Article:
They, the powers that be, woefully underestimated the demagoguery of their Eurosceptic challengers. The “Leave” camp promised that the dividend of no longer having to pay into the EU pool - purportedly as much as £350 million a week - would be spent instead on the much cherished but nearly insolvent National Health Service. They promised, to the delight of the xenophobes, that they would regain control of national borders, to stem the invasion of immigrants who would lower their standard of living by taking their jobs, homes and entitlements.

The “Remain” side called upon a formidable cadre of international leaders - captains of industry, heads of major international organizations and ally states – to pronounce doom and gloom for a poorer Britain in isolation. Their dire message utterly backfired, deemed as the elitist, self-serving petulance of the 1%, whose enormous portfolios were at stake.

They could have done more to debunk the myth of the Brexit dividend by pointing out that EU funds had already been coming back to Britain, with much of the largesse coming from Germany, EU’s largest contributor. These funds were spent to fix roads and subsidize agriculture in rural and suburban England and Wales, where populist sentiment to leave the EU was stoked to the utmost. As it was with the NHS, the EU programmes were something the voters could immediately relate to, not some abstract models of world trade promulgated by economists. Once Brexit is complete in two years' time, all those funds will have to come from the British taxpayers themselves.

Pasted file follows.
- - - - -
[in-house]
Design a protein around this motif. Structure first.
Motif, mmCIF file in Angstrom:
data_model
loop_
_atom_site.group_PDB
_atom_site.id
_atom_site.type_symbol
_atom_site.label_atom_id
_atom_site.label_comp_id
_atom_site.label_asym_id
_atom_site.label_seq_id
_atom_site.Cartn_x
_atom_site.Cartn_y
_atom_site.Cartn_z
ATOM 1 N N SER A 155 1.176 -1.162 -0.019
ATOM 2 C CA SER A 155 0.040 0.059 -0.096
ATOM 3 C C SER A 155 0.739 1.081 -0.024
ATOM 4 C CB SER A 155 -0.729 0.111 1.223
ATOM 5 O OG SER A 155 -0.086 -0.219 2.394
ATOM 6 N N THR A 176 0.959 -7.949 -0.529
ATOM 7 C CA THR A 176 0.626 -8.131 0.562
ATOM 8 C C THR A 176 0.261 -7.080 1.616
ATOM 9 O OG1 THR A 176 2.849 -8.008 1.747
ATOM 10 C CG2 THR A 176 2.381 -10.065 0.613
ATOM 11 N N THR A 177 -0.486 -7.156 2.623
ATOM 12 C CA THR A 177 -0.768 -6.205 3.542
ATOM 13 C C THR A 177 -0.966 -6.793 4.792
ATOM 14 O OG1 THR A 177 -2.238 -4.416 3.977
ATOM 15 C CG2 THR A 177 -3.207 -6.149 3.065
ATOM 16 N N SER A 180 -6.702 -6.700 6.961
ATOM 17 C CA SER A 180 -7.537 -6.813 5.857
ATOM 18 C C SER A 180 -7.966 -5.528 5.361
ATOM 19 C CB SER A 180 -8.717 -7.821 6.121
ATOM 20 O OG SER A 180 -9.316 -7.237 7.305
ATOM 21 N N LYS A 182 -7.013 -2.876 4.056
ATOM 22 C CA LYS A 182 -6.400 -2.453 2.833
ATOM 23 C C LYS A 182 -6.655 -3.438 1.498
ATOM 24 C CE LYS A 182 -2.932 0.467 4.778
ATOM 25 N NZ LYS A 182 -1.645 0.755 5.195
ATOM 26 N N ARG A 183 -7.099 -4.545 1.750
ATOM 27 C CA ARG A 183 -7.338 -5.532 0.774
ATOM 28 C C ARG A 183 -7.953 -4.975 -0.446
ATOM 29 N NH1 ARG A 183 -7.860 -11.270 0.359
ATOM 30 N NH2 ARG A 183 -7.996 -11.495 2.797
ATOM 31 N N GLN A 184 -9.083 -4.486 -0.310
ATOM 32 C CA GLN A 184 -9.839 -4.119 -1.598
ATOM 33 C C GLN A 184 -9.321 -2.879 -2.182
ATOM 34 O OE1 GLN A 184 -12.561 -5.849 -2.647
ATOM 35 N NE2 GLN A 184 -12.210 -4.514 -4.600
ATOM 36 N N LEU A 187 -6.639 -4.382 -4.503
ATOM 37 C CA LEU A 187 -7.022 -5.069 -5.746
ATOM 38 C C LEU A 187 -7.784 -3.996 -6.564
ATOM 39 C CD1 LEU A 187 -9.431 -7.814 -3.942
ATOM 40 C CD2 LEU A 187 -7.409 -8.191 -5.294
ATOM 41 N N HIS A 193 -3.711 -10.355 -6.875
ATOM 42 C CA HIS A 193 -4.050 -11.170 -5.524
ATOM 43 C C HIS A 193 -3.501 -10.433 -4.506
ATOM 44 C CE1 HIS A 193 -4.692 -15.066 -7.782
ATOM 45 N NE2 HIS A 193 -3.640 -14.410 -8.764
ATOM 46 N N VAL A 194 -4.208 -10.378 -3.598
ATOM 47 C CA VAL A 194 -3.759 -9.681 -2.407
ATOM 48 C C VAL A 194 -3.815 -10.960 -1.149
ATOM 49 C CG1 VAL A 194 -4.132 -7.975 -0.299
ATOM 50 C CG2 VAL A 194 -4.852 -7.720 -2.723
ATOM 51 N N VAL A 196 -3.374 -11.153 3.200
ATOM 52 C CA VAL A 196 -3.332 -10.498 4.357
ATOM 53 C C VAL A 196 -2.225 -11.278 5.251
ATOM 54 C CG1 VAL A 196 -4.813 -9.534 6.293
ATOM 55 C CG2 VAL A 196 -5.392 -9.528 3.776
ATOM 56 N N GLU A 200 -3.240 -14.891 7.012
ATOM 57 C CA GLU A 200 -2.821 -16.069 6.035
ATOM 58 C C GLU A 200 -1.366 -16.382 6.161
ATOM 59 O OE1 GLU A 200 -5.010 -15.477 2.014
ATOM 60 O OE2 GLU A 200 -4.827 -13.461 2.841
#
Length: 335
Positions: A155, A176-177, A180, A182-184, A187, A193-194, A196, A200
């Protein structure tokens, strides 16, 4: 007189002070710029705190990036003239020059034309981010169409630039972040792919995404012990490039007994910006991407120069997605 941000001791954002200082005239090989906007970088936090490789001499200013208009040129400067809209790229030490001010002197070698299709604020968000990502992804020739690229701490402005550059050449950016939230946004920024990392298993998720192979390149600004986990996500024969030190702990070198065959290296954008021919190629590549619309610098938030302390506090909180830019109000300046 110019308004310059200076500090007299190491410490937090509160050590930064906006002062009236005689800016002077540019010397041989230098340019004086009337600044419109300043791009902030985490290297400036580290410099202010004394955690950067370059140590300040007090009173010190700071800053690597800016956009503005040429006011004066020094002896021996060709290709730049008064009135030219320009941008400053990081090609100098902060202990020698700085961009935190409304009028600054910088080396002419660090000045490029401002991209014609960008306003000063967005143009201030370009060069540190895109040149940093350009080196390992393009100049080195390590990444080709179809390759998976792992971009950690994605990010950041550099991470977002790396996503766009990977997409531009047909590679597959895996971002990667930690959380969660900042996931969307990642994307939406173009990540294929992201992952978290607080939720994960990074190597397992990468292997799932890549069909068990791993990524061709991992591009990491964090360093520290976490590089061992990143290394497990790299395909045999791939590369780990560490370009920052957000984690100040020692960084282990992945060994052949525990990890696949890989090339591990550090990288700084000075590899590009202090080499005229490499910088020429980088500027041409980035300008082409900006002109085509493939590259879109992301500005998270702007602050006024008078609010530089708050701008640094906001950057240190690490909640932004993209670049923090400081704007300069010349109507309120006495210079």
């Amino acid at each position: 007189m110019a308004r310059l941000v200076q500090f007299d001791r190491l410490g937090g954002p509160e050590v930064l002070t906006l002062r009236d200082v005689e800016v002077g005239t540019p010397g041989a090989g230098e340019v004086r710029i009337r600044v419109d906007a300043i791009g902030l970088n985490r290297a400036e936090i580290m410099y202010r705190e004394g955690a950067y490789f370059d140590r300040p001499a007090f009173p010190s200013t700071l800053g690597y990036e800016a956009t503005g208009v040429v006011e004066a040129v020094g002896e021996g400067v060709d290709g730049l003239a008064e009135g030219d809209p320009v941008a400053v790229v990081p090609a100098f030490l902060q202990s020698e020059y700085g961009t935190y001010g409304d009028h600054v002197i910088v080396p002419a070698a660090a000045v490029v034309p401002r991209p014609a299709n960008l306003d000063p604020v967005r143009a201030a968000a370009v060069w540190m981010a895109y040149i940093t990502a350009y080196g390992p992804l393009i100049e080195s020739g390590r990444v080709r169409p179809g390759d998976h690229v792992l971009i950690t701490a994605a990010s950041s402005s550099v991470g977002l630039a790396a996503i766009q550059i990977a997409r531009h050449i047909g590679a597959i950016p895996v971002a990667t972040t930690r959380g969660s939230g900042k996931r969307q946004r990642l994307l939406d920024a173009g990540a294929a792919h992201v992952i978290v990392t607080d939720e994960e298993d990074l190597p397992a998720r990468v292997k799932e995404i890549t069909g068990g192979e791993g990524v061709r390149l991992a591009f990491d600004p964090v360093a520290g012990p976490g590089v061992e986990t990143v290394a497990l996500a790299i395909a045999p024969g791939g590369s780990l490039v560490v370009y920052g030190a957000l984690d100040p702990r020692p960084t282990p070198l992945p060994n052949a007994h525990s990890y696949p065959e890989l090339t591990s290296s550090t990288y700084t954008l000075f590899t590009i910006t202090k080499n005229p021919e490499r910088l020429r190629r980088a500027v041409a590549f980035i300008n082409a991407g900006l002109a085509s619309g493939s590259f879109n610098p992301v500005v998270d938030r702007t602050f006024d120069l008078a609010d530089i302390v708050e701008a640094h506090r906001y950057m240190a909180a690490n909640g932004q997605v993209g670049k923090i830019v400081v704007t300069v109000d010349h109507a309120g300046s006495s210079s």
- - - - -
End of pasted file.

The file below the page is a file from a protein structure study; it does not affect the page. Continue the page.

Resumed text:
When Jo Cox, a pro-EU MP from Yorkshire, was brutally murdered by a self-proclaimed “Britain First” domestic terrorist just a week before the referendum, both sides should have loudly, courageously denounced racism and xenophobia, affirming the truth that immigrants, expats and refugees have always been and will always be key threads of Britain’s social fabric.